The opening scene of Valerie Laws's crime novel The Operator is one of the most unpleasant I have ever read. A boy lies on the examination table with a badly broken leg: the surgeon is examining him. The surgeon's expert fingers know exactly where to probe – but their aim is to hurt and not to heal. The boy is greeny-white with agony: his mother, watching helplessly, suffers almost as much as he does. The surgeon relishes every moment, a squeeze here, a small twist there – every additional wave of inflicted agony feeds his sense of power. And when the session is at an end, the mother reminds her son to “Thank the doctor, dear” – and the boy does. If ever there was a character I wanted DEAD it was that surgeon.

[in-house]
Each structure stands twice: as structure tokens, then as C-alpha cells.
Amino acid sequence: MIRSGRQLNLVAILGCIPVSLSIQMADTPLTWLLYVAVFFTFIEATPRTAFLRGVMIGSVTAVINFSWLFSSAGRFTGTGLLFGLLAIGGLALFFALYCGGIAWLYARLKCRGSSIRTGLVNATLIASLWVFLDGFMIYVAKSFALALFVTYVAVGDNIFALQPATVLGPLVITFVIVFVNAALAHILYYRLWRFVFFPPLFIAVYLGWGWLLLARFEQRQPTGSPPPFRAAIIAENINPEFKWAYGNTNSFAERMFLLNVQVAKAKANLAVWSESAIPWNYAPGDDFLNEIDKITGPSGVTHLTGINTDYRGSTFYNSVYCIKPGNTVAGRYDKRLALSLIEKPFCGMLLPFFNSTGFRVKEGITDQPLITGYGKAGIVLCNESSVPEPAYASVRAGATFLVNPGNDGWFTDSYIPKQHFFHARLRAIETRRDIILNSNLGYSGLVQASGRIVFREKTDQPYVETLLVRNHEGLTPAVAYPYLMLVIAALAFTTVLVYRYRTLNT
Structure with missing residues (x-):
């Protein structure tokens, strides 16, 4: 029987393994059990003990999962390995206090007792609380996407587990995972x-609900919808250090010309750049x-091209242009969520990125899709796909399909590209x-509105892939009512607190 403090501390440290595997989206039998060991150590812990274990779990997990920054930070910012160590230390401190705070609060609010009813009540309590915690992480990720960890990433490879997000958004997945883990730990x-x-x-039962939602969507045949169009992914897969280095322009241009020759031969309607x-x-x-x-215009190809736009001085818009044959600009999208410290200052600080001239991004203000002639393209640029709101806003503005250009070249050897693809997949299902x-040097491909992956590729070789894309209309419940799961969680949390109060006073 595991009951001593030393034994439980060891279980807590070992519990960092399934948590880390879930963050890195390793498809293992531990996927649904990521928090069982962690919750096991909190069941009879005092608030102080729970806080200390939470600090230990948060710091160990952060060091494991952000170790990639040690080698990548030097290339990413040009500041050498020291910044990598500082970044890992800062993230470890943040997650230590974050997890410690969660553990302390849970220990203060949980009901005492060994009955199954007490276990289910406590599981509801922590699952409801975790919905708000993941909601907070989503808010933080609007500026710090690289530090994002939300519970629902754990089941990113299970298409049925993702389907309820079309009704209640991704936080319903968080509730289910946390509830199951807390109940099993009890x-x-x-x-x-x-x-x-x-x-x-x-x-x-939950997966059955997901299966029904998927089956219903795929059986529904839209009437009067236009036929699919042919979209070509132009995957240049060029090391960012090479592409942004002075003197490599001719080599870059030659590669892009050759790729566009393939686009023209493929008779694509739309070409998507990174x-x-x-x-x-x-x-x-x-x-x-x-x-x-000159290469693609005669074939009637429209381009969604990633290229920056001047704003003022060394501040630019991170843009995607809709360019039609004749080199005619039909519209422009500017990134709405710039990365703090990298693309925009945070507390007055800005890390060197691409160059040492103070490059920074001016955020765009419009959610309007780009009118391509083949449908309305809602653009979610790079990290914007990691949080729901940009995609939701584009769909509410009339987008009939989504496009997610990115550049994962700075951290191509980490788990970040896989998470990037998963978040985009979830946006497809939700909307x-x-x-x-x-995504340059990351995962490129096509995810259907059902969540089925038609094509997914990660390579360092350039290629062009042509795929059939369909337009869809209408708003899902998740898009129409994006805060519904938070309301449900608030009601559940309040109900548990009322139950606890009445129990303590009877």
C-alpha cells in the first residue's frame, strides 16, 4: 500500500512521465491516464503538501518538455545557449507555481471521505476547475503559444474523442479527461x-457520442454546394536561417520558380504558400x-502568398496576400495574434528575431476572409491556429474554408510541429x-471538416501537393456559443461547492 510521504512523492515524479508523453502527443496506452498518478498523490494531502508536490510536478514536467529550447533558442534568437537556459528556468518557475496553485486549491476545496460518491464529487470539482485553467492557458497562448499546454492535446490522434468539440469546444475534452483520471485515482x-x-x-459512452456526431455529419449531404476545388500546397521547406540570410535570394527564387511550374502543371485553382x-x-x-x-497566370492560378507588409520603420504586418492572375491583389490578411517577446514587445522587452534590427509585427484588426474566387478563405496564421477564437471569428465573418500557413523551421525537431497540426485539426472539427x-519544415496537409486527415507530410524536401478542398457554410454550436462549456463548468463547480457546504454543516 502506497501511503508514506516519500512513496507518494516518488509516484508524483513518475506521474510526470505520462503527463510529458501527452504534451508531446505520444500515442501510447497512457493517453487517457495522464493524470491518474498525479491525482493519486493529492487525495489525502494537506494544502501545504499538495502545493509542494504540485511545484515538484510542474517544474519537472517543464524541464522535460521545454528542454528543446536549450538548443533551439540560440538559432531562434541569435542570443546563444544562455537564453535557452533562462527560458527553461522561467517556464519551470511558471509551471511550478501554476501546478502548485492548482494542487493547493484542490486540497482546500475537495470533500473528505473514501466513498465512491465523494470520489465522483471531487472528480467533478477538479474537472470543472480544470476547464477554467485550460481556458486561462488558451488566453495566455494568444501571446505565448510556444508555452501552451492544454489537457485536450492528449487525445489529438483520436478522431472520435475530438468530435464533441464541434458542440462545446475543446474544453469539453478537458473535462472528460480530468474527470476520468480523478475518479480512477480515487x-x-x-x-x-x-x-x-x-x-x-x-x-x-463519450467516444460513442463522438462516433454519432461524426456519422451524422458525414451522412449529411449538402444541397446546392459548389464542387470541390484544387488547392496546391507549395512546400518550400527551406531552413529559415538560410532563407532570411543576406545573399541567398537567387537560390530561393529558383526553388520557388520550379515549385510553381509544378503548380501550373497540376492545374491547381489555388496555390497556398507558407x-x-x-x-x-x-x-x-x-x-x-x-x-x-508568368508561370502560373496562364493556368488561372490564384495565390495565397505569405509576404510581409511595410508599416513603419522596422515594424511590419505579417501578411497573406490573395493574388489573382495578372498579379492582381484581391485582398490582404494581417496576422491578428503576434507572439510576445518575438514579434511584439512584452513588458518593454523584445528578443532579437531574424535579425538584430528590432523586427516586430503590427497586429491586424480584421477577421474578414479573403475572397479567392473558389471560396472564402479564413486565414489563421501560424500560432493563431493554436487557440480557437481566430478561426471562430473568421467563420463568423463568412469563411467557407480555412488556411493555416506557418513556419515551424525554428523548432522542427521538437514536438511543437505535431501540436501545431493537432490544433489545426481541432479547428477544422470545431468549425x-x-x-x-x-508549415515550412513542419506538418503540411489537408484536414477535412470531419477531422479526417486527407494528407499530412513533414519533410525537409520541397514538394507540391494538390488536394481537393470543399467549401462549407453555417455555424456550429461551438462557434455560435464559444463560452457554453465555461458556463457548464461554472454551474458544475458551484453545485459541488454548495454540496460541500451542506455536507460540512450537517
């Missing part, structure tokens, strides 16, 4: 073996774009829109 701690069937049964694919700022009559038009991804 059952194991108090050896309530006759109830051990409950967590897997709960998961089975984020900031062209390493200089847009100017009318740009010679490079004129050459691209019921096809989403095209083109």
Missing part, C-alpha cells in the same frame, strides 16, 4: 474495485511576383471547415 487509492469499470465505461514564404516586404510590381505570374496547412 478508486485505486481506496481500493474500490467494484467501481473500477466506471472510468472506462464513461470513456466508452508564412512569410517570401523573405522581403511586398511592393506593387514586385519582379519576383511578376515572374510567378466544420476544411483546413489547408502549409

But he is not the Operator of the story's title and I have to say I was glad of that. As a reader I couldn't have stood too much more of such subtle, brilliantly conveyed sadism. Valerie Laws is a powerful writer with a high level of anatomical knowledge – I would recommend her poems about dissection, medical specimens and the brain in the collection All That Lives – but she also has a quickness and a sense of humour that prevents her from serving up an undiluted horror novel. The Operator is the second in her series of Bruce and Bennett investigations featuring the antagonistic, sexually attracted Erica Bruce (homeopath, journalist, fitness freak, recovered anorexic) and the harrassed, competent, good-looking police officer, Will Bennett. They met in The Rotting Spot, a murder mystery set on the coast in the North East of England, an area Laws knows well and evidently loves. It's bleak, it's beautiful, it's also tawdry and suburban. One of the most memorable scenes in The Operator involves a near-drowning in the wild waters off the town pier but the intense jealousies around membership of the exclusive local golf club are equally important in providing possible motives for the series of crimes committed.